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  18. #44
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    Not only is the real world not built on infinite straight lines, your vision isn't a straight line, either... It's a combination of input from two eyes at different positions, and includes a chunk of information from peripheral vision, all mixed together and edited into a presentable form by your brain...

    So perspective only gives an approximation of what we actually see, or think we see. It's good for getting you 90% of the way there, but to make a picture "look right", you generally need to do a little eyeballing and adjusting after you've done the technical part of the perspective.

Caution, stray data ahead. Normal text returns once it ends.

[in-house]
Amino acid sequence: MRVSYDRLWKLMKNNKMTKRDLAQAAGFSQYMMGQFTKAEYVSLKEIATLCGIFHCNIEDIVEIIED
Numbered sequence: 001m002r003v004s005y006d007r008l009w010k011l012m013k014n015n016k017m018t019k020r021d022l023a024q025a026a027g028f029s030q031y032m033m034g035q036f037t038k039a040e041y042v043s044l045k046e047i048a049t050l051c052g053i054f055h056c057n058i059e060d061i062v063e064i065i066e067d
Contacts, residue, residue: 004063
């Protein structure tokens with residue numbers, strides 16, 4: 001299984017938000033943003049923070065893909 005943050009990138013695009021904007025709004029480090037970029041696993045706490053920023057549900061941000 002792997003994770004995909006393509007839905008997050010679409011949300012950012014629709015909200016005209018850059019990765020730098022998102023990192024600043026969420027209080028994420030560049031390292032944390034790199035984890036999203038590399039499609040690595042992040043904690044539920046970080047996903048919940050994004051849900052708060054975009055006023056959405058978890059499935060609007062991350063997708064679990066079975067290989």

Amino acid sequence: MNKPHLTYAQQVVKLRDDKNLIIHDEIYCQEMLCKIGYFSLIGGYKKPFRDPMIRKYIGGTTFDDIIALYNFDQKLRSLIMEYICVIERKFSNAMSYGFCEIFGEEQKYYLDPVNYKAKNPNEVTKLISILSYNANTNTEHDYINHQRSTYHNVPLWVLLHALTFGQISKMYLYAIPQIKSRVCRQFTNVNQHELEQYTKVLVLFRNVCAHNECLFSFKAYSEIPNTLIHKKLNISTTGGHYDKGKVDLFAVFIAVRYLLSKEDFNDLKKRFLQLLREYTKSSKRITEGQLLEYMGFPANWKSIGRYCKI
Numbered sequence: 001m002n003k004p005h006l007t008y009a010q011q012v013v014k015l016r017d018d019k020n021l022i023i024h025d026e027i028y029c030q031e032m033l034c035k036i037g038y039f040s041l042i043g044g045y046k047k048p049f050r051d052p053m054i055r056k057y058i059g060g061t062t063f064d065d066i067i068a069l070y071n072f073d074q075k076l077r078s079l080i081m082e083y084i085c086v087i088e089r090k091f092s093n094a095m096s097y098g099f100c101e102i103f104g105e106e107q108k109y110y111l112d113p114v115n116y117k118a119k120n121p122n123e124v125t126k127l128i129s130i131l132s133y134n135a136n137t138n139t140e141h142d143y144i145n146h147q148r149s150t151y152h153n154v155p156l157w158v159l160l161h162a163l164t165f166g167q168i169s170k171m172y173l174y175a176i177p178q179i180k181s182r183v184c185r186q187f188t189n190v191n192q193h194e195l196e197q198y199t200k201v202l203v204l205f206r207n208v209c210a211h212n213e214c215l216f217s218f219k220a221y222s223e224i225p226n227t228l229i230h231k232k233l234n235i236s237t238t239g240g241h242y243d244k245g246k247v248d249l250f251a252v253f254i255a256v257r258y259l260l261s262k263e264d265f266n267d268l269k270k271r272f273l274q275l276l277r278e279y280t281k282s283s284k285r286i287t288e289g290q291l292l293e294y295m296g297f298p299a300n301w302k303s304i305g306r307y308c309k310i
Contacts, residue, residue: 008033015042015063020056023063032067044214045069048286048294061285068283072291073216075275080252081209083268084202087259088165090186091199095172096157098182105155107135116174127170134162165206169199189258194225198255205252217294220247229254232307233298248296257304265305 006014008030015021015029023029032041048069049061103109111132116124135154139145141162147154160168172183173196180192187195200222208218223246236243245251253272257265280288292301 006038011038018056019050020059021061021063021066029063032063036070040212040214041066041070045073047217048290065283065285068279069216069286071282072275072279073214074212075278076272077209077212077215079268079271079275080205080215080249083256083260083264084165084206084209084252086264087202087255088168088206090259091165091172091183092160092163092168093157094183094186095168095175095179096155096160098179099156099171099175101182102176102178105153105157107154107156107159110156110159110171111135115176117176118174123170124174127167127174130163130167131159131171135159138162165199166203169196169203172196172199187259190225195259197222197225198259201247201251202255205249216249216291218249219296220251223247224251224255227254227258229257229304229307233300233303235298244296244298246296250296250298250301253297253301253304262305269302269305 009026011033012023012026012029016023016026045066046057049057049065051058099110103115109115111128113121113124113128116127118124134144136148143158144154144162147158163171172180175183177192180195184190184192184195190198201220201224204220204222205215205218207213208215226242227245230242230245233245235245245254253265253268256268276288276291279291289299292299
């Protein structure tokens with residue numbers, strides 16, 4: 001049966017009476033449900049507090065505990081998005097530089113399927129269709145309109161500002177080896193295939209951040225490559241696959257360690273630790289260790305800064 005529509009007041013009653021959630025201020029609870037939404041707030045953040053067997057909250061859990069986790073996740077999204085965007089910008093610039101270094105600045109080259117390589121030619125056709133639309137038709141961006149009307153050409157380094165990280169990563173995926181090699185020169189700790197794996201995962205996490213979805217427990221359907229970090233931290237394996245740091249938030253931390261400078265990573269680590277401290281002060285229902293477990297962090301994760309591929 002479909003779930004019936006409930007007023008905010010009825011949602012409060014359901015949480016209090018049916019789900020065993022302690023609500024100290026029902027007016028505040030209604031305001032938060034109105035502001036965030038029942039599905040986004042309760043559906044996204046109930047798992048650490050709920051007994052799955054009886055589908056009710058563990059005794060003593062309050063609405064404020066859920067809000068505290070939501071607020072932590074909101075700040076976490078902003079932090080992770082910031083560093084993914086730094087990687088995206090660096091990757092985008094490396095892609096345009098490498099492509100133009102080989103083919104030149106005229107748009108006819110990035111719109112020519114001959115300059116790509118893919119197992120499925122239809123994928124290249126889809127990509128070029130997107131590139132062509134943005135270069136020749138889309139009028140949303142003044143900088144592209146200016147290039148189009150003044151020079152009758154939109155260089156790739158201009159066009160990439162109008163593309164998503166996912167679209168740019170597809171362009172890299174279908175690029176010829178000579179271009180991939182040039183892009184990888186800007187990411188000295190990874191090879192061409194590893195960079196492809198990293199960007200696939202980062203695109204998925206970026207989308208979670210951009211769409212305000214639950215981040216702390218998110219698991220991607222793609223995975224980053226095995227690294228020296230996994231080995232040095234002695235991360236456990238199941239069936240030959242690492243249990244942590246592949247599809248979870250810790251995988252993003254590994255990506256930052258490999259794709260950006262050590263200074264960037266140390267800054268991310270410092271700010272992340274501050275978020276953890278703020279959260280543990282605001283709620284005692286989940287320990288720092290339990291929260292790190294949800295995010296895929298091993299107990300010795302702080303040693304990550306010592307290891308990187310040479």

This is why un-adjusted 3D scenes often look weirdly distorted in places (especially near the edges...) They rely on formulaic perspective, and aren't tweaked by a human to "look right" to a human viewer.

    Oh, and if you wear glasses, everything is curved...

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  20. #45
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    Quote Originally Posted by arenhaus View Post
    I have simply taken a shortcut, for clarity...This simplified version is still very useful for plotting any square with sides parallel to the sides of the perfectly aligned one. You can use this perfectly aligned square's diagonal VP and the existing vp1 and vp2 to plot any number of squares not aligned to a, as long as their sides are parallel.
    Awesome discussion--thank you! This really helped me understand the theory behind the method you demonstrated.